Adele's song says: "It burned while I cried". For me, I learned that I should use past continuous after while or past simple after when. so the sentence should be eighter "It burned while I was crying" or "It burned when I cried". The sentence with when doesn't really make sense for me so I think they should use the sentence with while but with the past continuous tense. What's the difference in meaning between the sentence in the song and my sentence?

  • I wouldn't take grammatical lessons from Adele.
    – Leachoid
    Mar 12, 2022 at 18:08
  • @Leachoid Is it just slang or completely wrong? Mar 12, 2022 at 18:09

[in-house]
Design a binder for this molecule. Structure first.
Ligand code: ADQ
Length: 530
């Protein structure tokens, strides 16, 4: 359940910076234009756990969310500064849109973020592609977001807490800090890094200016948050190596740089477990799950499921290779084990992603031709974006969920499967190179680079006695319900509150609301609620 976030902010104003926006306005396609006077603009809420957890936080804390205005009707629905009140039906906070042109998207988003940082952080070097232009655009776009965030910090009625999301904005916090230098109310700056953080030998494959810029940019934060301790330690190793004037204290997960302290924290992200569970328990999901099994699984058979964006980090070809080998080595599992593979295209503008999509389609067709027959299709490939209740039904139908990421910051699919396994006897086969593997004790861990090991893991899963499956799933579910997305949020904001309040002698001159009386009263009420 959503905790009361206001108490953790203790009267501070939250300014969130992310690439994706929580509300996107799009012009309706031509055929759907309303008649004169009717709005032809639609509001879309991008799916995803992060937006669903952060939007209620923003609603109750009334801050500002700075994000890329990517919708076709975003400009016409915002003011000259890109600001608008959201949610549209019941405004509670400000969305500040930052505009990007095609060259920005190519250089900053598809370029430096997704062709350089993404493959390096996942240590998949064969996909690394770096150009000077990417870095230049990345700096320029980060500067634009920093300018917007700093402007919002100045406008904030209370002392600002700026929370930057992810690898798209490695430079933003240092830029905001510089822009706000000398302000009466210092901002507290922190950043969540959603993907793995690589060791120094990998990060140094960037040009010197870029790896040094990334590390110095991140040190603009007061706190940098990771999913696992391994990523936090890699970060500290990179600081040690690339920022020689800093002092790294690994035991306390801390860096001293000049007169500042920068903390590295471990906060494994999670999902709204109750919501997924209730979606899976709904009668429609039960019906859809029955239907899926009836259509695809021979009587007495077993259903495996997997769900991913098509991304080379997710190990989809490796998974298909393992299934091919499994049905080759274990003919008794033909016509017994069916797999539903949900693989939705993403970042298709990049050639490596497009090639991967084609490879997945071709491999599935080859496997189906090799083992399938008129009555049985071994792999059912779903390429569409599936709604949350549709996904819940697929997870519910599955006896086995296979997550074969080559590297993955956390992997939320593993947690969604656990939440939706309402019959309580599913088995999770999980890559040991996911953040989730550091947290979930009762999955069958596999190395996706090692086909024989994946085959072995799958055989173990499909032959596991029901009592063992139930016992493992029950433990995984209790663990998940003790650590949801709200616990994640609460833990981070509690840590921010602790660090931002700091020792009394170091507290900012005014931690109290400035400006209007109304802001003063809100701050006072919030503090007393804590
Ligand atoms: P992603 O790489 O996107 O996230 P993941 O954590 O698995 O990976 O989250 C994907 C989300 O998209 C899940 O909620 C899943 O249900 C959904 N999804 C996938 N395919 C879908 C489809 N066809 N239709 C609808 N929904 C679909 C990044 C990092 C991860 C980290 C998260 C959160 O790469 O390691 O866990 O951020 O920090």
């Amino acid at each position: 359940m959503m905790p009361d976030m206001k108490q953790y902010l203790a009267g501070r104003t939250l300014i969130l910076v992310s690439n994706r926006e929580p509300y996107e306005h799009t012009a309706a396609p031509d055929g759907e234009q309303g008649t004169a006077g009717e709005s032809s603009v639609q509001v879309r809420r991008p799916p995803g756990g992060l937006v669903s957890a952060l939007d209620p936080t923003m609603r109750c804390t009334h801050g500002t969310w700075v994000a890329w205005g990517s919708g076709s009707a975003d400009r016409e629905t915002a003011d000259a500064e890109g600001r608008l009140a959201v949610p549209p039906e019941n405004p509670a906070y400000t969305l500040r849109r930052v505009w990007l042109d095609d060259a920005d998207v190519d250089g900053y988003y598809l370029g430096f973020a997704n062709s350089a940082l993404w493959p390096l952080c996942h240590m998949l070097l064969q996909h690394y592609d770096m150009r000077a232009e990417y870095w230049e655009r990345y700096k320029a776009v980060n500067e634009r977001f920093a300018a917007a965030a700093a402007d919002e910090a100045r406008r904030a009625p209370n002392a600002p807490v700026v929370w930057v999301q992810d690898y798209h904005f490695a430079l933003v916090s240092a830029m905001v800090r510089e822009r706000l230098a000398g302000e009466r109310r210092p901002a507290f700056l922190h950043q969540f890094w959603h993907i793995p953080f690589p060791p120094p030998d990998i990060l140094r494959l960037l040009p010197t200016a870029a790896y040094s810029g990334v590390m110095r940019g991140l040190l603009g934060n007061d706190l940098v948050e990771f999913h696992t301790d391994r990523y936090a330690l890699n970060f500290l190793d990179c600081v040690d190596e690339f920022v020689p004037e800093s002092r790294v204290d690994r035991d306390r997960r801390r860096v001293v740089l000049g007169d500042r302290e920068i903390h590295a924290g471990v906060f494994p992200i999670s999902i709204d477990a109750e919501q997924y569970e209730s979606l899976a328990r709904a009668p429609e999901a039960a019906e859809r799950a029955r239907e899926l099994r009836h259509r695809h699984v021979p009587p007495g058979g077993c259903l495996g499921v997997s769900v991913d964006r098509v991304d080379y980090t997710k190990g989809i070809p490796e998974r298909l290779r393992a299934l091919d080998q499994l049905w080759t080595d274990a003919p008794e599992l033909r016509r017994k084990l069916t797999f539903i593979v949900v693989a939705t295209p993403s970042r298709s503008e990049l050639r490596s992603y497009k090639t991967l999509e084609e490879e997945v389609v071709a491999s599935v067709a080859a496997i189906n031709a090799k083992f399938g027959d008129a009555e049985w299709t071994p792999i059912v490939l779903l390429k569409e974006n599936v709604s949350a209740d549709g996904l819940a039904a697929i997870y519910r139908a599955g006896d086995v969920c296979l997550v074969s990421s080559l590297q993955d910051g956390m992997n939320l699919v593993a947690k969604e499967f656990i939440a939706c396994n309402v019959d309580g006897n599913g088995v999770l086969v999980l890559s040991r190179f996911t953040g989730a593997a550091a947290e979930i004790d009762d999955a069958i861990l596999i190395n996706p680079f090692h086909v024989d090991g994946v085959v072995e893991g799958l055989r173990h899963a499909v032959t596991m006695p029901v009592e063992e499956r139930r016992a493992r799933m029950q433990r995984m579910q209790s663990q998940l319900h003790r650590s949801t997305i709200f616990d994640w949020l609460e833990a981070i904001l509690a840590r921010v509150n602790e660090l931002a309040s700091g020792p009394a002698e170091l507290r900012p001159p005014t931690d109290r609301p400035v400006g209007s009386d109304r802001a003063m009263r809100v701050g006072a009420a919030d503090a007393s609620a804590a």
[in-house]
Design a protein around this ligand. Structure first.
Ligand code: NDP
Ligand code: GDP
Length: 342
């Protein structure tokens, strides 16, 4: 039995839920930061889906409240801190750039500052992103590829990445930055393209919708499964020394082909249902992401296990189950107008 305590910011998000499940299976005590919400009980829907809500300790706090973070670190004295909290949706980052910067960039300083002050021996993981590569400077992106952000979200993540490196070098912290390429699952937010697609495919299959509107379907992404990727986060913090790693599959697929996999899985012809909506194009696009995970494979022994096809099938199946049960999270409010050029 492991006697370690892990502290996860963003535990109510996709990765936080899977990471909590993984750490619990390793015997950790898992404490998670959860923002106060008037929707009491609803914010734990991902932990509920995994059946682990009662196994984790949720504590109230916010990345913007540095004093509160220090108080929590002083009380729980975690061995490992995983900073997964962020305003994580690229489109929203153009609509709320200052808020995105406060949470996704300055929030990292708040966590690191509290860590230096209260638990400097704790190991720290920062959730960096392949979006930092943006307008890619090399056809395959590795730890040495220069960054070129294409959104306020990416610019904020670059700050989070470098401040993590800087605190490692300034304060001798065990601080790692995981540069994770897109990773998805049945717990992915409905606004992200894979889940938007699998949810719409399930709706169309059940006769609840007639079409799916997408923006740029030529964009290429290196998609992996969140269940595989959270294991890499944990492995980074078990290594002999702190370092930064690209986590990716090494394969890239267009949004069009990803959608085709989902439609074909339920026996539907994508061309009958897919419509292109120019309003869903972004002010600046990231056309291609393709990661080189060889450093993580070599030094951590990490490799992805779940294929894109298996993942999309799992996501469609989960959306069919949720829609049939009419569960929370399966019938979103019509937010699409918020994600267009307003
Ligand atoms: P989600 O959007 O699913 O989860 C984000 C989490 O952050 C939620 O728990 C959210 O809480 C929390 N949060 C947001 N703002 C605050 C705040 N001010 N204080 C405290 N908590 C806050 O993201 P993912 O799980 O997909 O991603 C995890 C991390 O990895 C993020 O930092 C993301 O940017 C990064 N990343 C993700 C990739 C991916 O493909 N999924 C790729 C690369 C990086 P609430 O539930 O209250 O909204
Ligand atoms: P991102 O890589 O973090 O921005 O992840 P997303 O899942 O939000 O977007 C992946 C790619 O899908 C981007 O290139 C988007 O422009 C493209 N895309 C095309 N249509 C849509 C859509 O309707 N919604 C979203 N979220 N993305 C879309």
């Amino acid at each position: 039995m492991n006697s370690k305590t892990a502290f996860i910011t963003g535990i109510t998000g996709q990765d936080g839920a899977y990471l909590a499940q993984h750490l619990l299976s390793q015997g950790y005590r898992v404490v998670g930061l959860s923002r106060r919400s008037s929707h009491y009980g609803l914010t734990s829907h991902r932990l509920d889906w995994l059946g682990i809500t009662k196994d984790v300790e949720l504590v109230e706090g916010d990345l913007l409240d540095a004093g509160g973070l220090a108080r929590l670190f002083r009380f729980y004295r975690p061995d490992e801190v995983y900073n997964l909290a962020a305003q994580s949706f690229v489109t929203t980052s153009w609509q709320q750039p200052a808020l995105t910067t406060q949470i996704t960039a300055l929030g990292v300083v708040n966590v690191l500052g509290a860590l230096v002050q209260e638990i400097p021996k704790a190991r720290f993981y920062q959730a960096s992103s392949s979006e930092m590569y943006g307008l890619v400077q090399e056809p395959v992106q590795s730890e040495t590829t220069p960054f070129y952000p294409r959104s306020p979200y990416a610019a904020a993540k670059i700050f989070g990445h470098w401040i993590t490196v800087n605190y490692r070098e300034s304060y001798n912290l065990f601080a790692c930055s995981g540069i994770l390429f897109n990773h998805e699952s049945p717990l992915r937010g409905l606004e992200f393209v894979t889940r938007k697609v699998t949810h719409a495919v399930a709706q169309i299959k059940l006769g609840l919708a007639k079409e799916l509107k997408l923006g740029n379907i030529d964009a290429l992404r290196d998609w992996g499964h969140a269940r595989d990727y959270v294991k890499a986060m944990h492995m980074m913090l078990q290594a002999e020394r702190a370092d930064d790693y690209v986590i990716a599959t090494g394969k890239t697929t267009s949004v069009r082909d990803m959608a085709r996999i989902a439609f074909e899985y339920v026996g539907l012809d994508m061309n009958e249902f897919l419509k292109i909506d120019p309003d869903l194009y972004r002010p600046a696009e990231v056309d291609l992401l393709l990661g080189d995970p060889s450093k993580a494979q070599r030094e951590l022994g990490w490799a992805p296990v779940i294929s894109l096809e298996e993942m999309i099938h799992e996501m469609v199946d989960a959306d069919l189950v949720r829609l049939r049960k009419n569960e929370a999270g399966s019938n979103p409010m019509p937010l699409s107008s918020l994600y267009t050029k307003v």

1 Answer 1


There's nothing wrong with using past tense like this. It is common and correct to say

I played with my phone while he watched TV.

There is no grammatical requirement to use a past continuous with while.

Using "past while past" suggests that the two activities occurred at the same time whereas "past while past-continuous" would suggest that the first event started and finished during the time of the other activity.

You must log in to answer this question.

Not the answer you're looking for? Browse other questions tagged .